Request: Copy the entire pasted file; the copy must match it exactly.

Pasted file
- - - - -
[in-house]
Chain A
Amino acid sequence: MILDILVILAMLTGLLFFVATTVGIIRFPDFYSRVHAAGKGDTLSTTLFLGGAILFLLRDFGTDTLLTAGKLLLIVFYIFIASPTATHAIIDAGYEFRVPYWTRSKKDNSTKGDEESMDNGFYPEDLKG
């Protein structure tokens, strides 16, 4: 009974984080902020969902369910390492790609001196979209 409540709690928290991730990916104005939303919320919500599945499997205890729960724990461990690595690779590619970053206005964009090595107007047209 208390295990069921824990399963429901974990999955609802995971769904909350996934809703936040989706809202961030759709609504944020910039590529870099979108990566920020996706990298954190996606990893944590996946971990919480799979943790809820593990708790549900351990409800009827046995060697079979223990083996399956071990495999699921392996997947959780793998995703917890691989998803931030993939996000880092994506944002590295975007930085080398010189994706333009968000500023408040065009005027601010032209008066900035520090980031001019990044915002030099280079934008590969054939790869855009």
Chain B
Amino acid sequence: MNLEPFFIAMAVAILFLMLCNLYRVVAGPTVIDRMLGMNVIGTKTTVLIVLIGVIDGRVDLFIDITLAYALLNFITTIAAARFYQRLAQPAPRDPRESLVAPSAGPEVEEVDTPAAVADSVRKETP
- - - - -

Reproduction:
[in-house]
Chain A
Amino acid sequence: MILDILVILAMLTGLLFFVATTVGIIRFPDFYSRVHAAGKGDTLSTTLFLGGAILFLLRDFGTDTLLTAGKLLLIVFYIFIASPTATHAIIDAGYEFRVPYWTRSKKDNSTKGDEESMDNGFYPEDLKG
């Protein structure tokens, strides 16, 4: 009974984080902020969902369910390492790609001196979209 409540709690928290991730990916104005939303919320919500599945499997205890729960724990461990690595690779590619970053206005964009090595107007047209 208390295990069921824990399963429901974990999955609802995971769904909350996934809703936040989706809202961030759709609504944020910039590529870099979108990566920020996706990298954190996606990893944590996946971990919480799979943790809820593990708790549900351990409800009827046995060697079979223990083996399956071990495999699921392996997947959780793998995703917890691989998803931030993939996000880092994506944002590295975007930085080398010189994706333009968000500023408040065009005027601010032209008066900035520090980031001019990044915002030099280079934008590969054939790869855009």
Chain B
Amino acid sequence: MNLEPFFIAMAVAILFLMLCNLYRVVAGPTVIDRMLGMNVIGTKTTVLIVLIGVIDGRVDLFIDITLAYALLNFITTIAAARFYQRLAQPAPRDPRESLVAPSAGPEVEEVDTPAAVADSVRKETP